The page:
Own Yourself Series 1: Acing a Few Tricky Questions

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Some things don’t change. I notice again and again in conversations with clients is that even after you have got your foot in the door, the actual interview can still go any which way. As hiring managers, as we assess how the person can add to the team, in addition to checking for baseline fitment, we will go on to ask more detailed questions. What could be an honest attempt to understand the person, their motivations, philosophy and their approach to work especially under stress, can start unraveling the candidate, who in turn feels “trapped.”

What do you do when faced with tricky questions?

I am listing the top 5 simple questions which are not as simple, and can be so annoying when we are candidates.

1.      What’s your weakness? I now think back to when I have asked this question as an interviewer, or been asked as a candidate. You know, I know that everyone is going to present some weakness which is really strength for the organization – like I am a work alcoholic. As an interviewer, I can immediately tell when the person has the stock answer ready or is sharing something more authentic. As a candidate, I am better off sharing a real weakness and how I am working on it. E.g. I can be quite impatient and am working on it with my mentor.

2.      Why did you get fired? Great if you got fired as part of a corporate restructuring, What if it was performance? It sure takes courage to acknowledge that I got fired for poor performance. Reflect on the reasons for your poor performance – poor role fitment. issues at work (crappy boss, poor pay etc), personal reasons etc. Whatever be the reason, don’t fall into the trap of criticizing past employers. You can mention the positive learning’s and how that has made you a stronger, wiser person. A corollary to this question is Why did you leave your last job? Always talk about what you are looking for in the next job. Don’t get into the personality clash, poor pay trap of answers.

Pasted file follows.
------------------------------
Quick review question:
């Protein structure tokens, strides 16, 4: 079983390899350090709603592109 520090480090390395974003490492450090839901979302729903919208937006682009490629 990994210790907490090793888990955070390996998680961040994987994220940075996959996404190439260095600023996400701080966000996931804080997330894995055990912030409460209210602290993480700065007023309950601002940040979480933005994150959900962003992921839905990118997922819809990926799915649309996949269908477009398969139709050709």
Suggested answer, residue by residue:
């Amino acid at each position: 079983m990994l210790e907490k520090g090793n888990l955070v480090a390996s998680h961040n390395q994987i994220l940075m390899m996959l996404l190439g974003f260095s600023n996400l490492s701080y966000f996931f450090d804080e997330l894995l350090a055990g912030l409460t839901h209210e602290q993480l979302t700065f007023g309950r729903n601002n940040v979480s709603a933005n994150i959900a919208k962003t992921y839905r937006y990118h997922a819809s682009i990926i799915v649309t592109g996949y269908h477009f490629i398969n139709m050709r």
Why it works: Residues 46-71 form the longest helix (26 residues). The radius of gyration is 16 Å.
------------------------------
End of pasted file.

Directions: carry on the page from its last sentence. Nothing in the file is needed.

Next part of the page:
3.      What is your dream job? Why do you want to work here? Uh..I would not be here if I was not interested…OK, leaving that aside, weave in the narrative about what aspects of the job you are applying for and the company excite you. You can also mention what parts of your current job make you best suited for the job you are applying for. Do your homework well. Now, if the job you are applying for is somewhere in the range of your dream job, then you can frame your answer tactfully. If it is your dream job, go all out to stress it emphatically. If your dream job is way off, better to not mention it. You can say that you have not thought what a dream job would be like. It’s the journey not the destination that is important.  

4.      The entire range of What If questions...What if your best friend at work was caught stealing? Or What if the Internet was down? These questions are essentially to test your ethics, creativity, problem solving skills etc. Just be yourself, and take a few seconds to collect your thoughts. Answer honestly with reasons. Seek clarity if you can’t understand the question.

5.      Where do you see yourself 5 years from now? Being ambitious isn’t bad. This question is really to understand your goals and dedication. But shy away from asking for the promotion – focus on the scope of the job. Again, if you are too vague here, it can be counterproductive. If you plan to change careers completely after 5 years, decide if you want to share that upfront, especially if you are applying for a role where there is going to be a lot of investment in you. It’s actually a ridiculous question in today’s world if you ask me – the employer isn’t offering you guaranteed employment.

Two key things to always remember:

1.      YOU are awesome. Repeat it again and again.

A job interview does not define you – it is part of the cycle of life. Someone else may know the job they are hiring for, but they don’t know you.  

2.      Be Authentic – Never Hide Behind Lies.

Always always have authentic career documents. Avoid white lies, however easy it may be to sneak in your resume, portfolio etc. Lies always get caught – your grandmother was right.


I would love to hear from you. Post your comments, thoughts. Lets discuss.

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